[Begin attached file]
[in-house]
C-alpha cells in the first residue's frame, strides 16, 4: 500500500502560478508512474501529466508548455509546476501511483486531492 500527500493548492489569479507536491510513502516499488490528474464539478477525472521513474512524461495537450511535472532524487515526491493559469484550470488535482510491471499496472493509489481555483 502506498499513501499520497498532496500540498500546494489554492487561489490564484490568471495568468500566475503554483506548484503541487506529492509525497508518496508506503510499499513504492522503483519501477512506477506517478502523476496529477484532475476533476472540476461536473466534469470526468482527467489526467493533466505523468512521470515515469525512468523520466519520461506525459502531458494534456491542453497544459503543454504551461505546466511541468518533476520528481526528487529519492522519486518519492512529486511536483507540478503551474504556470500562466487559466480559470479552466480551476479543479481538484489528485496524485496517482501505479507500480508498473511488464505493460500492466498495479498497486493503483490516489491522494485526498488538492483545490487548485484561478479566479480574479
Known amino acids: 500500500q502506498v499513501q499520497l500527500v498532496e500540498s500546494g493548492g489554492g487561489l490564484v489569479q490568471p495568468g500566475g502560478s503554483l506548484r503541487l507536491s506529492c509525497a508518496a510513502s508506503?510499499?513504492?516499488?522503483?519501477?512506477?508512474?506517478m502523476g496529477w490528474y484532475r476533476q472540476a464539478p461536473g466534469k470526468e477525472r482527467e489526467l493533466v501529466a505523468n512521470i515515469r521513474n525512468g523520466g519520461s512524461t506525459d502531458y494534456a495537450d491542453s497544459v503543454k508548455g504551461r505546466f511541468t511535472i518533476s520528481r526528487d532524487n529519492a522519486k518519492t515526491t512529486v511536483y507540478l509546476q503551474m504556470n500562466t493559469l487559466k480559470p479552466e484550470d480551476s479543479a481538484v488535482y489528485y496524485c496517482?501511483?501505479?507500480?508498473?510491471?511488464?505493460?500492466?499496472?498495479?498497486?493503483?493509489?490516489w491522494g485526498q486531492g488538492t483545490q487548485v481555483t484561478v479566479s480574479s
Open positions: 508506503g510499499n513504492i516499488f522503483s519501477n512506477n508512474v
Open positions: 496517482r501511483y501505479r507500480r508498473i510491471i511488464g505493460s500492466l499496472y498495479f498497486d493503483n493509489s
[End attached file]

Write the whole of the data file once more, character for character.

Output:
[in-house]
C-alpha cells in the first residue's frame, strides 16, 4: 500500500502560478508512474501529466508548455509546476501511483486531492 500527500493548492489569479507536491510513502516499488490528474464539478477525472521513474512524461495537450511535472532524487515526491493559469484550470488535482510491471499496472493509489481555483 502506498499513501499520497498532496500540498500546494489554492487561489490564484490568471495568468500566475503554483506548484503541487506529492509525497508518496508506503510499499513504492522503483519501477512506477506517478502523476496529477484532475476533476472540476461536473466534469470526468482527467489526467493533466505523468512521470515515469525512468523520466519520461506525459502531458494534456491542453497544459503543454504551461505546466511541468518533476520528481526528487529519492522519486518519492512529486511536483507540478503551474504556470500562466487559466480559470479552466480551476479543479481538484489528485496524485496517482501505479507500480508498473511488464505493460500492466498495479498497486493503483490516489491522494485526498488538492483545490487548485484561478479566479480574479
Known amino acids: 500500500q502506498v499513501q499520497l500527500v498532496e500540498s500546494g493548492g489554492g487561489l490564484v489569479q490568471p495568468g500566475g502560478s503554483l506548484r503541487l507536491s506529492c509525497a508518496a510513502s508506503?510499499?513504492?516499488?522503483?519501477?512506477?508512474?506517478m502523476g496529477w490528474y484532475r476533476q472540476a464539478p461536473g466534469k470526468e477525472r482527467e489526467l493533466v501529466a505523468n512521470i515515469r521513474n525512468g523520466g519520461s512524461t506525459d502531458y494534456a495537450d491542453s497544459v503543454k508548455g504551461r505546466f511541468t511535472i518533476s520528481r526528487d532524487n529519492a522519486k518519492t515526491t512529486v511536483y507540478l509546476q503551474m504556470n500562466t493559469l487559466k480559470p479552466e484550470d480551476s479543479a481538484v488535482y489528485y496524485c496517482?501511483?501505479?507500480?508498473?510491471?511488464?505493460?500492466?499496472?498495479?498497486?493503483?493509489?490516489w491522494g485526498q486531492g488538492t483545490q487548485v481555483t484561478v479566479s480574479s
Open positions: 508506503g510499499n513504492i516499488f522503483s519501477n512506477n508512474v
Open positions: 496517482r501511483y501505479r507500480r508498473i510491471i511488464g505493460s500492466l499496472y498495479f498497486d493503483n493509489s